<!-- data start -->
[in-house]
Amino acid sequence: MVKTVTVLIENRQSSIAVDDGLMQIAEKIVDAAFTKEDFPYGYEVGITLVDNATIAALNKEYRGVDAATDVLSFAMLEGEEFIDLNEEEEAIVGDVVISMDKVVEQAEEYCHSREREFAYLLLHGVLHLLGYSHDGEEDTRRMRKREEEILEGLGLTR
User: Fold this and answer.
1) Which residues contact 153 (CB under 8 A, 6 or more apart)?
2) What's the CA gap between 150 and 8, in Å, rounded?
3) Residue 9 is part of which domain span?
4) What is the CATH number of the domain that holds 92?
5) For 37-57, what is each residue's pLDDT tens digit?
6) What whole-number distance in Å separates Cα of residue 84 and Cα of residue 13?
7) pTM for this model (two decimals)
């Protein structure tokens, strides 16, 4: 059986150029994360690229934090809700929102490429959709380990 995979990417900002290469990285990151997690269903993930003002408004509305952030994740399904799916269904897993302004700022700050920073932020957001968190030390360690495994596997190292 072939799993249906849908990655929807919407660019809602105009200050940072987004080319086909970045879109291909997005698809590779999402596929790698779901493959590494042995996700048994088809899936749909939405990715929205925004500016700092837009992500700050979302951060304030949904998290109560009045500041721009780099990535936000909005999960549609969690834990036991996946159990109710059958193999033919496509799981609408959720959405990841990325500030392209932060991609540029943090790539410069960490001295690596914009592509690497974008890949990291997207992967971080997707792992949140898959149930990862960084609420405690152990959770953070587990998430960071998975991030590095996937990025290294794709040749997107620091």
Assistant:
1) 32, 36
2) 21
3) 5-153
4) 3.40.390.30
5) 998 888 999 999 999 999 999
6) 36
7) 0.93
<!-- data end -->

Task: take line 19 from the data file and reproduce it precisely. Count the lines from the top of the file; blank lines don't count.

7) 0.93